what are some of the things to be considered.
taxes.. who claims?
when I pass do they stay on as full owners?
Real Estate Attorney
When you pass, your portion of the property goes to the devisees in your will or your heirs at law. However, in Texas, we have a Survivorship Deed which would allow the property to pass automatically upon the first to die. Maybe NY has a similar document. Check with a CPA on the taxes.
Real Estate Attorney
You should consult with a real estate attorney before you do anything as there are many considerations that come into play. There are also several ways of holding title and making sure your propterty transfers to the proper party upon a death. The size of your estate, whether you have other heirs and what you want to happen to your share of house upon death, your age and medical condition, medicaid and medicare considerations, long term care and tax consequences will determine the best way to handle this. For example, you may want to take the house out of your estate (which can be done by deed or trust) and leave it directly to your daughter and son in law or just your daughter, or you may want your share divided amongst other heirs (which you would do by Will). You could also decide to retain a life estate on the property and have the title in your daughter and son in law - giving them ownership and you the right to live there for life while still benefitting from any property tax exemptions you may be entitled to and keeping the property out of your estate.
As to who takes the deductions, that can be handled by agreement or in proportion to who pays and how much.
Speak with an attorney - this can be more complicated than you think.
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6 lawyers agree
Divorce / Separation Lawyer
Tax issues should always be discussed with your accountant. As to survivorship after death, if the deed says that you co-own the property "as joint tenants with right of survivorship", then the property will pass to the remaining survivors upon the death of one. So if you die first, the property will pass automatically to your daughter and her husband. If her husband dies first, you will own the property with your daughter. If on the other hand the deed says you co-own as "tenants in common", then you own half and your daughter and her husband together own half so when you die, your half will pass to your heirs and the other half will continue to belong to your daughter and her husband. Your daughter and her husband will always own as "tenants by the entirety" as long as they are married so with regard to each other, they will always have survivor rights over the other's share of the home either way. Also, depending on who is going to live there, under some circumstances, it may be better to give them title to the property with you retaining a life estate (right to live there) but this you should discuss further with a local real estate attorney. Either way, consult your accountant as to tax issues and find a lawyer to help you out with the real estate sale/purchase.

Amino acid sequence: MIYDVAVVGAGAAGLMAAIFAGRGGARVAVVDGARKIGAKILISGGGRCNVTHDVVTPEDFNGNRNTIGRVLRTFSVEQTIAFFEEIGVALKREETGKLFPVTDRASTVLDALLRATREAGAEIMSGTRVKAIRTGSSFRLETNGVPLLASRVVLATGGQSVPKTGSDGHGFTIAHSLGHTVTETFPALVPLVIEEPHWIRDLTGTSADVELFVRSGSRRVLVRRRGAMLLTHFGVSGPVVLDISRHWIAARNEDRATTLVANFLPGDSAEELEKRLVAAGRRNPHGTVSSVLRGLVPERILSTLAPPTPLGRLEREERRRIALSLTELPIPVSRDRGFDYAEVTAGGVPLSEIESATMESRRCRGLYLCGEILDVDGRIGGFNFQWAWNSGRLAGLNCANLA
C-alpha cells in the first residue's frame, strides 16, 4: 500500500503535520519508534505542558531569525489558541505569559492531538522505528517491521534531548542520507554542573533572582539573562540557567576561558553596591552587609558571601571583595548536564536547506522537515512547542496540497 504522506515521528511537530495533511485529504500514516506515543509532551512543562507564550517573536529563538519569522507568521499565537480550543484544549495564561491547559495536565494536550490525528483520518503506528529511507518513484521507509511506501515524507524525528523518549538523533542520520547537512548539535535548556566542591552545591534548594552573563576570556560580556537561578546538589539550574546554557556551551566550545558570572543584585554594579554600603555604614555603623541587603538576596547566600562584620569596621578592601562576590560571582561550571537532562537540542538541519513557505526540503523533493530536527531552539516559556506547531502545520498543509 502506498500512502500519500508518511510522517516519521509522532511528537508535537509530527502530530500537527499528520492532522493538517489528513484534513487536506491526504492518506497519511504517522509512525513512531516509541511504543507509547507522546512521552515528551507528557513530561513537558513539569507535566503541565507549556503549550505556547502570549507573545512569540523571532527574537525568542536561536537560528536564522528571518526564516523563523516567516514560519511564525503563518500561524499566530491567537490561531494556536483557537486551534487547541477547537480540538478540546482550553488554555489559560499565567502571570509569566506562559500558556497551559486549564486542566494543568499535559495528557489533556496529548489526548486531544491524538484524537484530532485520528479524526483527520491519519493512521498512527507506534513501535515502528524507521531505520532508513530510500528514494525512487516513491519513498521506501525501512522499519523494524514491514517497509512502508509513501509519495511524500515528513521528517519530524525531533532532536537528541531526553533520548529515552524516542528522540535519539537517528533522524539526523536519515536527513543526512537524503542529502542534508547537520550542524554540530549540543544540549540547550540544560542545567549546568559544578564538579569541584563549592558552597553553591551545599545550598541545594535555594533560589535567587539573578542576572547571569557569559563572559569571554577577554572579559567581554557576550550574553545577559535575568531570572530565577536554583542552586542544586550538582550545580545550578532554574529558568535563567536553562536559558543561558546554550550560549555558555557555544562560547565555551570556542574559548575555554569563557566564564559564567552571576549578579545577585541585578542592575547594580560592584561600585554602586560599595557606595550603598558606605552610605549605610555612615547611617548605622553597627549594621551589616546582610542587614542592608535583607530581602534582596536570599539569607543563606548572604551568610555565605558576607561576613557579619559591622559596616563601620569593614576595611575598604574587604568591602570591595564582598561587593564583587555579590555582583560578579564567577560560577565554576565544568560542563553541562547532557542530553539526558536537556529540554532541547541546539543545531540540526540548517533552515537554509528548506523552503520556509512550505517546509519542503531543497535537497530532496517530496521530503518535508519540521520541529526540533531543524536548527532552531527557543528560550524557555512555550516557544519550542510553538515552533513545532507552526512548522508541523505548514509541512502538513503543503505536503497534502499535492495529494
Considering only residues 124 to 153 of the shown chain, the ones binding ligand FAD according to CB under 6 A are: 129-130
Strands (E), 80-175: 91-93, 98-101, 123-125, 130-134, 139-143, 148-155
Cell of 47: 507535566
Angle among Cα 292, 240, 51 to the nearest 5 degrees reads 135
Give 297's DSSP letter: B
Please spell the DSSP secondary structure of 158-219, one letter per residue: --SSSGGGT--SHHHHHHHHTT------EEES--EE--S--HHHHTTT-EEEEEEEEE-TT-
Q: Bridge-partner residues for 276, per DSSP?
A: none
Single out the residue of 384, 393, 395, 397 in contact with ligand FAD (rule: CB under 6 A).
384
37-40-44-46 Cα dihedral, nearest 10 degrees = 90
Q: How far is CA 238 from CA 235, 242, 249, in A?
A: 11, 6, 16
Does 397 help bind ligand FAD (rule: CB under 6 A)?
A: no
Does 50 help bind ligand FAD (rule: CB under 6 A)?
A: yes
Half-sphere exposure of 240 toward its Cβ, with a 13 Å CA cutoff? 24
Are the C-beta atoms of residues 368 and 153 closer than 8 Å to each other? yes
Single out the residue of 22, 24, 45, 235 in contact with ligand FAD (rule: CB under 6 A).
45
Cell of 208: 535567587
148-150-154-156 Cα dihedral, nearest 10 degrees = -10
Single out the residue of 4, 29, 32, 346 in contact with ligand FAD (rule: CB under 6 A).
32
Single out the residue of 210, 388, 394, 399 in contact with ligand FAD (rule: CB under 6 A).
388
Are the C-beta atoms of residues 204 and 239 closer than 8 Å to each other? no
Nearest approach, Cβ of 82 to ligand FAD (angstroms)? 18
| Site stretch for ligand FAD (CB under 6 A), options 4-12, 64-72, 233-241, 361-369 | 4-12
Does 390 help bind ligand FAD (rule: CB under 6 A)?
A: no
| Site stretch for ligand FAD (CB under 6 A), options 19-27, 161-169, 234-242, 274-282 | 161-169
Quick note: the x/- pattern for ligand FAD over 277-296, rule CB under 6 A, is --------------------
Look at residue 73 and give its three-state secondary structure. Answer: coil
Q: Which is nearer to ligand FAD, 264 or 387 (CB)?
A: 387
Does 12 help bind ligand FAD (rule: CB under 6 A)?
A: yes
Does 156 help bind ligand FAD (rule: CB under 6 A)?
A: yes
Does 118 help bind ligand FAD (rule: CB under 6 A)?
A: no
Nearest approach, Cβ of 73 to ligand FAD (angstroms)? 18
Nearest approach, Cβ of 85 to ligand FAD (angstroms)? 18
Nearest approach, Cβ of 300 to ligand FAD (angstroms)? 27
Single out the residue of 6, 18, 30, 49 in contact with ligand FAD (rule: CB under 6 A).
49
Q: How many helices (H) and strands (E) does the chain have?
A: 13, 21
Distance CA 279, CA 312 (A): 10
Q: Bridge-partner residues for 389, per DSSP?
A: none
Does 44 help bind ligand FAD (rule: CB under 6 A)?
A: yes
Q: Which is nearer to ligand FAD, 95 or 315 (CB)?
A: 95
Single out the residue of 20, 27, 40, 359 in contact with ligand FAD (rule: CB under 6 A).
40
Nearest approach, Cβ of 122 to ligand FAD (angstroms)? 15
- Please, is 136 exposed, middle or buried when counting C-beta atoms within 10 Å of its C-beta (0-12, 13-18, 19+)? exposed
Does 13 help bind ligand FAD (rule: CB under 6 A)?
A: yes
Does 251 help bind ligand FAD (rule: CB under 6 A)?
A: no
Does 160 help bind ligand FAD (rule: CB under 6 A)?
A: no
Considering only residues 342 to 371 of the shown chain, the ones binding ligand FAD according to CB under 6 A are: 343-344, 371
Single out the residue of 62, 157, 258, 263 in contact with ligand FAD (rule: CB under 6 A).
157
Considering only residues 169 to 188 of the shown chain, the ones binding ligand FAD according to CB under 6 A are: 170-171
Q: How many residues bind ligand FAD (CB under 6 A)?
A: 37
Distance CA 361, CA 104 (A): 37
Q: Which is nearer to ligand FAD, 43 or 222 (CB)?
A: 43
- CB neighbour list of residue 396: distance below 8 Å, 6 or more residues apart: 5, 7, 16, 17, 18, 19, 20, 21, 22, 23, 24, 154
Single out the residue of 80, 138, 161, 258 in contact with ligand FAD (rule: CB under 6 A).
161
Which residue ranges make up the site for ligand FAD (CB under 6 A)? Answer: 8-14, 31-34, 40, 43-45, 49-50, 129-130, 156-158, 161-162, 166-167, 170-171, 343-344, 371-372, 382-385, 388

2 lawyers agree
Environmental / Natural Resources Lawyer
Proceed with a great deal of caution before doing anything. Work with an Estate Planning attorney who will advise you not just on the mechanics of what you want to accomplish, but who will also question you privately about the nature of your relationship with your daughter, the relationship between your daughter and her husband., and other similar issues. There are distinct tax ramifications to transferring title now rather than doing it by will. There may be Medicaid benefits if you do a transfer sooner rather than later. If you do the transfer, you should have a clear written understanding before the transfer as to who will pay for what after the transfer and who will control what.
Good luck. This is a complicated situation.
My answer to your question is for general purposes only and does not establish an attorney-client relationship,